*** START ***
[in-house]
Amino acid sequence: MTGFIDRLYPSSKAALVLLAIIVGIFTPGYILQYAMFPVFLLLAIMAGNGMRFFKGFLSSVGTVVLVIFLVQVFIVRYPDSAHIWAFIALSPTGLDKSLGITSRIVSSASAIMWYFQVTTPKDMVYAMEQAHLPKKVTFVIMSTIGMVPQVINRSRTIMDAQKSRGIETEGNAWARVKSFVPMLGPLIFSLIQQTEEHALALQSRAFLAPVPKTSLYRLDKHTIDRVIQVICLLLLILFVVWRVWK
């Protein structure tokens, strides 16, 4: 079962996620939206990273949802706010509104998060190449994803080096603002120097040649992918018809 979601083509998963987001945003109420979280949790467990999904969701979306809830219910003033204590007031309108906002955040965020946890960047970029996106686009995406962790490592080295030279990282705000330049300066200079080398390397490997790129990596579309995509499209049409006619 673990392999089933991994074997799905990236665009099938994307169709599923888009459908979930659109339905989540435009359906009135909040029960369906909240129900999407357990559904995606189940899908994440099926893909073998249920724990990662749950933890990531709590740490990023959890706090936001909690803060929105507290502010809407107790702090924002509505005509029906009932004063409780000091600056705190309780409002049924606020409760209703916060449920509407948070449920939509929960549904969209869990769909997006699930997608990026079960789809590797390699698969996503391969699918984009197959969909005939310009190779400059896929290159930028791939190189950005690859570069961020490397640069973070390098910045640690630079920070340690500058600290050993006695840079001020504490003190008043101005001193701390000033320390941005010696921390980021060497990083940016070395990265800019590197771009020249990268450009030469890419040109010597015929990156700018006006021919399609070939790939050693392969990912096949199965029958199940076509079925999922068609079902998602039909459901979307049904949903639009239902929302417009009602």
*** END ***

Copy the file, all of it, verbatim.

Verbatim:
[in-house]
Amino acid sequence: MTGFIDRLYPSSKAALVLLAIIVGIFTPGYILQYAMFPVFLLLAIMAGNGMRFFKGFLSSVGTVVLVIFLVQVFIVRYPDSAHIWAFIALSPTGLDKSLGITSRIVSSASAIMWYFQVTTPKDMVYAMEQAHLPKKVTFVIMSTIGMVPQVINRSRTIMDAQKSRGIETEGNAWARVKSFVPMLGPLIFSLIQQTEEHALALQSRAFLAPVPKTSLYRLDKHTIDRVIQVICLLLLILFVVWRVWK
């Protein structure tokens, strides 16, 4: 079962996620939206990273949802706010509104998060190449994803080096603002120097040649992918018809 979601083509998963987001945003109420979280949790467990999904969701979306809830219910003033204590007031309108906002955040965020946890960047970029996106686009995406962790490592080295030279990282705000330049300066200079080398390397490997790129990596579309995509499209049409006619 673990392999089933991994074997799905990236665009099938994307169709599923888009459908979930659109339905989540435009359906009135909040029960369906909240129900999407357990559904995606189940899908994440099926893909073998249920724990990662749950933890990531709590740490990023959890706090936001909690803060929105507290502010809407107790702090924002509505005509029906009932004063409780000091600056705190309780409002049924606020409760209703916060449920509407948070449920939509929960549904969209869990769909997006699930997608990026079960789809590797390699698969996503391969699918984009197959969909005939310009190779400059896929290159930028791939190189950005690859570069961020490397640069973070390098910045640690630079920070340690500058600290050993006695840079001020504490003190008043101005001193701390000033320390941005010696921390980021060497990083940016070395990265800019590197771009020249990268450009030469890419040109010597015929990156700018006006021919399609070939790939050693392969990912096949199965029958199940076509079925999922068609079902998602039909459901979307049904949903639009239902929302417009009602």